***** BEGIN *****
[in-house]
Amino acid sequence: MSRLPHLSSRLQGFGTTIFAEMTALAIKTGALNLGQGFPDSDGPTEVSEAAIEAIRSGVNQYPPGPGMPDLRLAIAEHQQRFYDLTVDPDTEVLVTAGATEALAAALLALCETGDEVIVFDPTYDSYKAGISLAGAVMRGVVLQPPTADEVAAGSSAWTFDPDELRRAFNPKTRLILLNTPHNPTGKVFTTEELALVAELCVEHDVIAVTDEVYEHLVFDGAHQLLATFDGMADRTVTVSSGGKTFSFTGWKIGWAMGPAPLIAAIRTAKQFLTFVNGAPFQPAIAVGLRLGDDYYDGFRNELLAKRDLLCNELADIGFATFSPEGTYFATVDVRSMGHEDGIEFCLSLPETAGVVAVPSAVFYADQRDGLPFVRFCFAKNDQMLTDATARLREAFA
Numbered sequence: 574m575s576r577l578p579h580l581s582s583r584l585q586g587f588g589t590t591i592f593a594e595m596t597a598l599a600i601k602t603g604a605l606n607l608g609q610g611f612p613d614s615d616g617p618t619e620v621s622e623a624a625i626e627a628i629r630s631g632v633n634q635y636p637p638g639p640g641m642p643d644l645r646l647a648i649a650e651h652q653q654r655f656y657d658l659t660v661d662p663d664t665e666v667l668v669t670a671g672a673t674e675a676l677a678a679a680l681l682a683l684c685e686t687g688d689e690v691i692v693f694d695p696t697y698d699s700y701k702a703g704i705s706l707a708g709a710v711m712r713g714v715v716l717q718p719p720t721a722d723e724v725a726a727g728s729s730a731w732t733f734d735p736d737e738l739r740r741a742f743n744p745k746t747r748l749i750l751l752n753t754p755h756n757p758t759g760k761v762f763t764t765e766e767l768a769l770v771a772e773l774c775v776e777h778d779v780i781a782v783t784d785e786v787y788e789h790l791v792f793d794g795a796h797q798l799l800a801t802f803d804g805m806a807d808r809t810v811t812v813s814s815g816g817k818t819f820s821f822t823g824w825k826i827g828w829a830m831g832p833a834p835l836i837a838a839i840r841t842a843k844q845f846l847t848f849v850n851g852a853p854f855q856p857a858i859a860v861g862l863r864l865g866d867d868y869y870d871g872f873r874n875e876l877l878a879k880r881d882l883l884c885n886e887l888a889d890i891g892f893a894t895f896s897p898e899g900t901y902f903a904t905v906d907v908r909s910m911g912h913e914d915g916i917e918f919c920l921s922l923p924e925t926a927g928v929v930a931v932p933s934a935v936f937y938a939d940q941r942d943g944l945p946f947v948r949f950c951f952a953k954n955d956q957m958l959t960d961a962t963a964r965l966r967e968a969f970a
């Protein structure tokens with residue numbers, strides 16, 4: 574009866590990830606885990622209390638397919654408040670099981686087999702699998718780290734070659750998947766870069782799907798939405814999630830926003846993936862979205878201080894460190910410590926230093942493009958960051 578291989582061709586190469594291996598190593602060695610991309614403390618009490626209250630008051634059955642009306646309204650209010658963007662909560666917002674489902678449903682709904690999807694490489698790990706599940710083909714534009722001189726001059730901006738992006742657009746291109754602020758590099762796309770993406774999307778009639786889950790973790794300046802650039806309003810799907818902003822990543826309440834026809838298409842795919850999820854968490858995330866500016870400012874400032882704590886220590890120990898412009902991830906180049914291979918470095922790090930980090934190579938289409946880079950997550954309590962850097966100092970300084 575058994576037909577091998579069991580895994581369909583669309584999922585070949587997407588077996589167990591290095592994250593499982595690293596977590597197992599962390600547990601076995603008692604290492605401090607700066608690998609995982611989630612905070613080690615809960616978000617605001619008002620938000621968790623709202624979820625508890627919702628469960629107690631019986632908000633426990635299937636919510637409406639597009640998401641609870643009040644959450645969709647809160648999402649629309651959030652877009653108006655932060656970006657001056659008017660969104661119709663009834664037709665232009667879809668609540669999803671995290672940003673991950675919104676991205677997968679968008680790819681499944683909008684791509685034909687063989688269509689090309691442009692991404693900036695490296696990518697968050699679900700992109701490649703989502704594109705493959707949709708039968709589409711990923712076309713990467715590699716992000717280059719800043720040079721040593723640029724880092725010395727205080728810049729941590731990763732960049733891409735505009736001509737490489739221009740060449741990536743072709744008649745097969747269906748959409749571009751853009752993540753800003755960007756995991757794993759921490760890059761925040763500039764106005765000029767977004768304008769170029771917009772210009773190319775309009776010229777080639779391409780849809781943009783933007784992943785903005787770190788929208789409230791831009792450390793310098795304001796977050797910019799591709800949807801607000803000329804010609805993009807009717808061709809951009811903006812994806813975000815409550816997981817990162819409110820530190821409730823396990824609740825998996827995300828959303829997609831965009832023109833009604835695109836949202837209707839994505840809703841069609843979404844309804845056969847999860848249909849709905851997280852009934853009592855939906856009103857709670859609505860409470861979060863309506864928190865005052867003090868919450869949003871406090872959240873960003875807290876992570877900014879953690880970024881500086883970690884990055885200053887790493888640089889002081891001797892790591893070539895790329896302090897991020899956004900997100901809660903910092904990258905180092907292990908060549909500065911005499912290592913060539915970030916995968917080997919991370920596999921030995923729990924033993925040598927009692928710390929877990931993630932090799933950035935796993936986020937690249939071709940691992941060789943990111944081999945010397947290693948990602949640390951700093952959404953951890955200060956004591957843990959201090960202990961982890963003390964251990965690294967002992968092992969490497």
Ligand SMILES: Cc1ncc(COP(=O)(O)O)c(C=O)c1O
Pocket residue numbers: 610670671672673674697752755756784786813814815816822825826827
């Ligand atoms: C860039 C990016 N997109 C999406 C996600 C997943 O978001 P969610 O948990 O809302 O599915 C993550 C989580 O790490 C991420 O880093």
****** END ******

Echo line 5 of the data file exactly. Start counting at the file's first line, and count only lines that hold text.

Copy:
Ligand SMILES: Cc1ncc(COP(=O)(O)O)c(C=O)c1O